“I don’t know if more training would make me faster or too tired to move.”

The title caption words are not my own, but those of 37 year old Amy McGrath of Texas.

Amy is a mother of 5 young children, a school teacher, and bothshe and her husband are avid cyclists and triathletes. Amy racedat Kona last month, and placed 2nd in her age group, with a time of 10hr35min…

With a very limited amount of time to train, Amy enjoys M2’s concise and focused workouts, as well as the variety that helps to keep things interesting. Her tools are a computrainer and a treadmill set up in the garage – next year she promises to get a powermeter.

Amy’s longest training week was shy of 15 hours…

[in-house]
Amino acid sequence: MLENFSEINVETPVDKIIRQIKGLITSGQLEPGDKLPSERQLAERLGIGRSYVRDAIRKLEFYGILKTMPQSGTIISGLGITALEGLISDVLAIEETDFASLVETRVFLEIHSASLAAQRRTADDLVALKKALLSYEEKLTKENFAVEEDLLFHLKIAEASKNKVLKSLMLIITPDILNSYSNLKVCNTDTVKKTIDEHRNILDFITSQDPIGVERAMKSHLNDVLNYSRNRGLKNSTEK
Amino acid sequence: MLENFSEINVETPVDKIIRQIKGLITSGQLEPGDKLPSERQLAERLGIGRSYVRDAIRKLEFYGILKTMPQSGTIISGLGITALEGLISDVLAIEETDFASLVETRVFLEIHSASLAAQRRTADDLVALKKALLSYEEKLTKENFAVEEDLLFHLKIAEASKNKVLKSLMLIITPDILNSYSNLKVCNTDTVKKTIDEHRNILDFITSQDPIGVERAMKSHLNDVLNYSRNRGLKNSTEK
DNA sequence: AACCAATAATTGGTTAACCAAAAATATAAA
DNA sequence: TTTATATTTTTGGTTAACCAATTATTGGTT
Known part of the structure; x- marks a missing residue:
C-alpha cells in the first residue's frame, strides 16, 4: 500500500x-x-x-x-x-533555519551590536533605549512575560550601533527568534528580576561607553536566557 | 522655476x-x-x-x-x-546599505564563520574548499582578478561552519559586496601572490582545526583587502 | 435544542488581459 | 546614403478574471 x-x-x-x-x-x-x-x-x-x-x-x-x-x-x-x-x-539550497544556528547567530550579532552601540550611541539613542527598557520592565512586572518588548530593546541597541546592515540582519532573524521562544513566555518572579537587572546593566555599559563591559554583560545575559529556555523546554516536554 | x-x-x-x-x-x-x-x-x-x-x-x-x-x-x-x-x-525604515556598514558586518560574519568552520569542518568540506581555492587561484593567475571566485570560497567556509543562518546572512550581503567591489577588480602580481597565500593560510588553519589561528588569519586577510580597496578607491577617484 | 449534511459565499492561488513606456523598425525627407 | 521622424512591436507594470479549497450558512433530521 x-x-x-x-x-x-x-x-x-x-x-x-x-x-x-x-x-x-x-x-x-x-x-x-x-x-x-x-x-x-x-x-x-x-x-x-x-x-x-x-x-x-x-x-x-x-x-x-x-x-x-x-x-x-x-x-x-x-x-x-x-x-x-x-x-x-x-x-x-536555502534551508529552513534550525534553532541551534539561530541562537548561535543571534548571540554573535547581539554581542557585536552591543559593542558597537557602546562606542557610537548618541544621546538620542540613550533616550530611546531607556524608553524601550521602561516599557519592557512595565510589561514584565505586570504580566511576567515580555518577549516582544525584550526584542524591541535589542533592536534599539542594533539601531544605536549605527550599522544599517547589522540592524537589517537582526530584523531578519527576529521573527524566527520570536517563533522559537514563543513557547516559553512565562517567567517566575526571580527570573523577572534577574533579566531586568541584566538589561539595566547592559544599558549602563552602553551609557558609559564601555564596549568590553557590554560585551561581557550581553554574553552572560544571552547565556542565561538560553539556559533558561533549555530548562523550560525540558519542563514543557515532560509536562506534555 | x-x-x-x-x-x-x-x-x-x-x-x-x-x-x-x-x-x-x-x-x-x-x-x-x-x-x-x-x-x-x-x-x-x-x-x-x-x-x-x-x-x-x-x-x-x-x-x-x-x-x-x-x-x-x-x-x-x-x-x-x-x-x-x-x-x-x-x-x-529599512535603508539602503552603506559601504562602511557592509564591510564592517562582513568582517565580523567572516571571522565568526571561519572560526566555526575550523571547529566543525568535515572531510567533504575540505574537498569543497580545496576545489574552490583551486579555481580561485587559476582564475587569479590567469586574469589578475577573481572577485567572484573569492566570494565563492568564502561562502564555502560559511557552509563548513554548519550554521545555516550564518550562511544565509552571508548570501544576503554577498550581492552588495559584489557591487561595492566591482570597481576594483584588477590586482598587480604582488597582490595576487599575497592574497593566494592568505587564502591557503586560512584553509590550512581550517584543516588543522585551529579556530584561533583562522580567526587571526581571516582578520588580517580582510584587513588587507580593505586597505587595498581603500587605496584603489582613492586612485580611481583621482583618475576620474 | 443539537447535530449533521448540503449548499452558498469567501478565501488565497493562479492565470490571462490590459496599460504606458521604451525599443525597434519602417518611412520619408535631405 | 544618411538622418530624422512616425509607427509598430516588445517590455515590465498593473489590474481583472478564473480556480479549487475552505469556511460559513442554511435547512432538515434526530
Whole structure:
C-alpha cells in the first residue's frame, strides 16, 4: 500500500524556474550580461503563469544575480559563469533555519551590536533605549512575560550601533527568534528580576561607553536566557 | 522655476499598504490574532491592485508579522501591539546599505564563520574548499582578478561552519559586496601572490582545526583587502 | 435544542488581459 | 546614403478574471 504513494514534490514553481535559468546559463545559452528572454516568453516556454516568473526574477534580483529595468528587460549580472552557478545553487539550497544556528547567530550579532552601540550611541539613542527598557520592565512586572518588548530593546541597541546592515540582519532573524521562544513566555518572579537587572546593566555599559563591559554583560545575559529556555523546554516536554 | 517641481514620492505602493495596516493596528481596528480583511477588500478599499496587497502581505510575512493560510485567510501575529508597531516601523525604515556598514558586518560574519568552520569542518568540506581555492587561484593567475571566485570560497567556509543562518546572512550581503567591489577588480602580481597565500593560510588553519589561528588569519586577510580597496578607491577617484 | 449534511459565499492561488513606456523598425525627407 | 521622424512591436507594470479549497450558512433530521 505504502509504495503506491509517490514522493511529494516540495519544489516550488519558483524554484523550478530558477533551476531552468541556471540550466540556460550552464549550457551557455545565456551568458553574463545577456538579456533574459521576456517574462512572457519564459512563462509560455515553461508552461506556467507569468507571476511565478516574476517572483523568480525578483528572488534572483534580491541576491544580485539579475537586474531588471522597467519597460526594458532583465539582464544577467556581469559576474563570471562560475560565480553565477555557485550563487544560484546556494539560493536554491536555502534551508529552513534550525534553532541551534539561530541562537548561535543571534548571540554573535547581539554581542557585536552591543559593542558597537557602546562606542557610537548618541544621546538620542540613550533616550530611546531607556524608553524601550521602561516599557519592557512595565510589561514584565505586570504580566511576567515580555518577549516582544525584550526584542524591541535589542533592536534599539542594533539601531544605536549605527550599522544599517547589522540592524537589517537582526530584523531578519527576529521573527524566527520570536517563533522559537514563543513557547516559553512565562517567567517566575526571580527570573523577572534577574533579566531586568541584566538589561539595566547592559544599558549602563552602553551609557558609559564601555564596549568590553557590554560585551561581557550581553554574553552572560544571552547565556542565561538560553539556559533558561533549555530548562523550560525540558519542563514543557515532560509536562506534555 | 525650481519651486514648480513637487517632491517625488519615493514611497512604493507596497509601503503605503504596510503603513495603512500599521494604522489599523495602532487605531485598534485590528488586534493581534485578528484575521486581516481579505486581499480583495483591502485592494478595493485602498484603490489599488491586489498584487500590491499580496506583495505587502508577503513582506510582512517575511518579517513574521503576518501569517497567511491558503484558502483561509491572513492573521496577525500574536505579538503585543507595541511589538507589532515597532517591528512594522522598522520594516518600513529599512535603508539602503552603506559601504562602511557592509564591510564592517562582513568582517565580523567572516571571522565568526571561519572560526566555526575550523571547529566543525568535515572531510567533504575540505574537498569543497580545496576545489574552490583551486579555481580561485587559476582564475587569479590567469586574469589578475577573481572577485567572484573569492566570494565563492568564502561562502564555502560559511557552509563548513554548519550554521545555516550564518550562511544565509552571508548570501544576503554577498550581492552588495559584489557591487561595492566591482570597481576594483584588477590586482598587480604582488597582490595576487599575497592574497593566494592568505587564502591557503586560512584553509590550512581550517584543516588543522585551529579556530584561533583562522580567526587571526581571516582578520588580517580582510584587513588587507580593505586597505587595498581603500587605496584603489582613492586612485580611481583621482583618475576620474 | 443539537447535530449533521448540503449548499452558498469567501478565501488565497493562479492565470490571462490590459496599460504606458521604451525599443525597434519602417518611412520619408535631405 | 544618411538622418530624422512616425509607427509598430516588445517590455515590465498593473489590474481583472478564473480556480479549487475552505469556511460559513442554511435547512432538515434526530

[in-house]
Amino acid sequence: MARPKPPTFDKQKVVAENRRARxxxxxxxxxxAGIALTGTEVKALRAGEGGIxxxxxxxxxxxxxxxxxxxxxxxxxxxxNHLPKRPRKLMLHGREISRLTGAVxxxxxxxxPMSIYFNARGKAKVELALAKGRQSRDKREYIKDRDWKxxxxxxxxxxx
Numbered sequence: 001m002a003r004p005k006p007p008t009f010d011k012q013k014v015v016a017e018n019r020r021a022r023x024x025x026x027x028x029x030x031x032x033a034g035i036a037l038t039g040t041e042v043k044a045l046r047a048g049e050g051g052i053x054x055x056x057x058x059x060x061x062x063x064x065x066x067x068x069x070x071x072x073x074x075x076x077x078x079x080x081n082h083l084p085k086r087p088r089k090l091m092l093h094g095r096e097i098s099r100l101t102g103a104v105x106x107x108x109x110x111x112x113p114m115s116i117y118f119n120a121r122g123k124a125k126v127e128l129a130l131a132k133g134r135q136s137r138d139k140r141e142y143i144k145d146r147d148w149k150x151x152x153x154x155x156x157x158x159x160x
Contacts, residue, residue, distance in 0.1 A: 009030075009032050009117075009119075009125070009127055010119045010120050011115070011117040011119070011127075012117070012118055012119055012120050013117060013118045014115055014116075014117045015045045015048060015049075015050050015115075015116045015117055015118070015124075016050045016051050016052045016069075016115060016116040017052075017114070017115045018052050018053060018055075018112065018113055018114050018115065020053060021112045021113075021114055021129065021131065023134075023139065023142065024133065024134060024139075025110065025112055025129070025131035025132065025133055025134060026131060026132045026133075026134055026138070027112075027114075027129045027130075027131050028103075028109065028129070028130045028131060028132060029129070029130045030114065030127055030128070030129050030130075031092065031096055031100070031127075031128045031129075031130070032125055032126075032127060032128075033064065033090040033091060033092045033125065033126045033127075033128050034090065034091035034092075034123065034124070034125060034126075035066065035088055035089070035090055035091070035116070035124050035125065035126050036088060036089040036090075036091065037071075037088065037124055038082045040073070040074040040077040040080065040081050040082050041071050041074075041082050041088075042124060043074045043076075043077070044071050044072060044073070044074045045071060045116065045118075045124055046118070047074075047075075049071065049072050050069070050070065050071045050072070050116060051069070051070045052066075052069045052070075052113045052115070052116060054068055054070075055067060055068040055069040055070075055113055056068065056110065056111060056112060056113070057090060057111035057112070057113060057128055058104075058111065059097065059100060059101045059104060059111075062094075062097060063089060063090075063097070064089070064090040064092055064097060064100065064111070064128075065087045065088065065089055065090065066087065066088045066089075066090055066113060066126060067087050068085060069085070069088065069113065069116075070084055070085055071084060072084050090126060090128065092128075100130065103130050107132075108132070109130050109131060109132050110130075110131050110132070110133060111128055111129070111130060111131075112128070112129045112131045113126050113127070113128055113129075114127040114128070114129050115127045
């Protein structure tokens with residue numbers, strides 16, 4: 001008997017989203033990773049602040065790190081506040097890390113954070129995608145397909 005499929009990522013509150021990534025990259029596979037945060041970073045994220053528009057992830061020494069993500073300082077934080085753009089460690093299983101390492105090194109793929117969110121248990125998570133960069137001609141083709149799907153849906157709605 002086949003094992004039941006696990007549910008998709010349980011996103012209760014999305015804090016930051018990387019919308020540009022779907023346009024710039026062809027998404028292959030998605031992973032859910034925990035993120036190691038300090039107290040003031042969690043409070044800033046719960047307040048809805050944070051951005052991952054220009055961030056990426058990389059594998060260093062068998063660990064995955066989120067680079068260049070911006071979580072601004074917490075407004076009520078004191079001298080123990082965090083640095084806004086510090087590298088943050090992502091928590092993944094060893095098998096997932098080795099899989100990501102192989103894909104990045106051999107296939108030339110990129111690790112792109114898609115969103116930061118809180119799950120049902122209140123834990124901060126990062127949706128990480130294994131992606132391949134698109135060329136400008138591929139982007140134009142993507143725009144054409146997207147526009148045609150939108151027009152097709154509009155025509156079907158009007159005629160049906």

Certainly Amy is a talented athlete, but competed against the best of her peers in Kona, at a distance that is grueling, and under conditions that are most adverse, Amy excels with training hours that are scant in comparison to what so many folks feel is essential. Her LONGEST week was short of what many folks AVERAGE training week looks like.

I think that many people in the sport could benefit by reflecting upon Amy’s words. It seems to me that people are confused in their training, choosing to measure “fitness” by how much they are training, instead of by how much measurably stronger and faster they are.

The above might seem obvious, but as I have joked in other articles, often one observes in the mega volume crowd the idea that “I must be getting stronger and faster because I am so slow from all this IM training.”

Smart training…

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